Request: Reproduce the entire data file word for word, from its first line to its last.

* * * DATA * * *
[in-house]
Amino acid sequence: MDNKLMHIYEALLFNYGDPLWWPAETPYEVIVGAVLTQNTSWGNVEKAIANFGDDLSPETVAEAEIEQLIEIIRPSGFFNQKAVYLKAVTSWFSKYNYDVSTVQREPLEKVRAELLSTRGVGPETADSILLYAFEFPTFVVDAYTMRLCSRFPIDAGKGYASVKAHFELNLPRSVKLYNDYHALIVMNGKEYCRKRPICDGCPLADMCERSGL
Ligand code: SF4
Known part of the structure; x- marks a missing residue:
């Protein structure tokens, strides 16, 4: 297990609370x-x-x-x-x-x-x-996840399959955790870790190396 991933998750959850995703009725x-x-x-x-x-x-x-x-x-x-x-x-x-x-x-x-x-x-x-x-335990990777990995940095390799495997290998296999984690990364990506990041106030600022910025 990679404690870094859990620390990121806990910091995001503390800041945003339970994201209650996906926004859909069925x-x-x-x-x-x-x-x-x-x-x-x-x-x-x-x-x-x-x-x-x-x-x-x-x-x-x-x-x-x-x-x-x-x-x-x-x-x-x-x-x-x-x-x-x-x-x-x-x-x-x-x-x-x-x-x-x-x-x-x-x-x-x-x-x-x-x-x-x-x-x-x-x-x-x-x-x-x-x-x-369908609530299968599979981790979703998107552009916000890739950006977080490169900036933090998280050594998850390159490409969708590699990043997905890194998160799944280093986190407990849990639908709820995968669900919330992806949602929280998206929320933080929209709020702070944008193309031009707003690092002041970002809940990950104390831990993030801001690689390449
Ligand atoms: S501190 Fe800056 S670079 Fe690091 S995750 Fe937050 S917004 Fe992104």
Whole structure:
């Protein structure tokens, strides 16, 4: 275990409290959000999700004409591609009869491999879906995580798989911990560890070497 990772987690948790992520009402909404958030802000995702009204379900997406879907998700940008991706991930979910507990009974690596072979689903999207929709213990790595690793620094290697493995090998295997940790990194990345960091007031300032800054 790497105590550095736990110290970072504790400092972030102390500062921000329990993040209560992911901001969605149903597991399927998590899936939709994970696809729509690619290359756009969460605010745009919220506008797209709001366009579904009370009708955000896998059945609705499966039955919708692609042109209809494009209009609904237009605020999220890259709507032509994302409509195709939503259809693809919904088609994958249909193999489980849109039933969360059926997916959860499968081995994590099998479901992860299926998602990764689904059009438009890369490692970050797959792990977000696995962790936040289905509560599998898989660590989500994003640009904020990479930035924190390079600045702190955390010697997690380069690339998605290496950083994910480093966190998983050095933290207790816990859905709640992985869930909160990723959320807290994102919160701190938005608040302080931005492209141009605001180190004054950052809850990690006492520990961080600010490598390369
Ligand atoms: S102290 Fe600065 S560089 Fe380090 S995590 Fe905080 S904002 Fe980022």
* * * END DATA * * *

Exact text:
[in-house]
Amino acid sequence: MDNKLMHIYEALLFNYGDPLWWPAETPYEVIVGAVLTQNTSWGNVEKAIANFGDDLSPETVAEAEIEQLIEIIRPSGFFNQKAVYLKAVTSWFSKYNYDVSTVQREPLEKVRAELLSTRGVGPETADSILLYAFEFPTFVVDAYTMRLCSRFPIDAGKGYASVKAHFELNLPRSVKLYNDYHALIVMNGKEYCRKRPICDGCPLADMCERSGL
Ligand code: SF4
Known part of the structure; x- marks a missing residue:
């Protein structure tokens, strides 16, 4: 297990609370x-x-x-x-x-x-x-996840399959955790870790190396 991933998750959850995703009725x-x-x-x-x-x-x-x-x-x-x-x-x-x-x-x-x-x-x-x-335990990777990995940095390799495997290998296999984690990364990506990041106030600022910025 990679404690870094859990620390990121806990910091995001503390800041945003339970994201209650996906926004859909069925x-x-x-x-x-x-x-x-x-x-x-x-x-x-x-x-x-x-x-x-x-x-x-x-x-x-x-x-x-x-x-x-x-x-x-x-x-x-x-x-x-x-x-x-x-x-x-x-x-x-x-x-x-x-x-x-x-x-x-x-x-x-x-x-x-x-x-x-x-x-x-x-x-x-x-x-x-x-x-x-369908609530299968599979981790979703998107552009916000890739950006977080490169900036933090998280050594998850390159490409969708590699990043997905890194998160799944280093986190407990849990639908709820995968669900919330992806949602929280998206929320933080929209709020702070944008193309031009707003690092002041970002809940990950104390831990993030801001690689390449
Ligand atoms: S501190 Fe800056 S670079 Fe690091 S995750 Fe937050 S917004 Fe992104």
Whole structure:
């Protein structure tokens, strides 16, 4: 275990409290959000999700004409591609009869491999879906995580798989911990560890070497 990772987690948790992520009402909404958030802000995702009204379900997406879907998700940008991706991930979910507990009974690596072979689903999207929709213990790595690793620094290697493995090998295997940790990194990345960091007031300032800054 790497105590550095736990110290970072504790400092972030102390500062921000329990993040209560992911901001969605149903597991399927998590899936939709994970696809729509690619290359756009969460605010745009919220506008797209709001366009579904009370009708955000896998059945609705499966039955919708692609042109209809494009209009609904237009605020999220890259709507032509994302409509195709939503259809693809919904088609994958249909193999489980849109039933969360059926997916959860499968081995994590099998479901992860299926998602990764689904059009438009890369490692970050797959792990977000696995962790936040289905509560599998898989660590989500994003640009904020990479930035924190390079600045702190955390010697997690380069690339998605290496950083994910480093966190998983050095933290207790816990859905709640992985869930909160990723959320807290994102919160701190938005608040302080931005492209141009605001180190004054950052809850990690006492520990961080600010490598390369
Ligand atoms: S102290 Fe600065 S560089 Fe380090 S995590 Fe905080 S904002 Fe980022």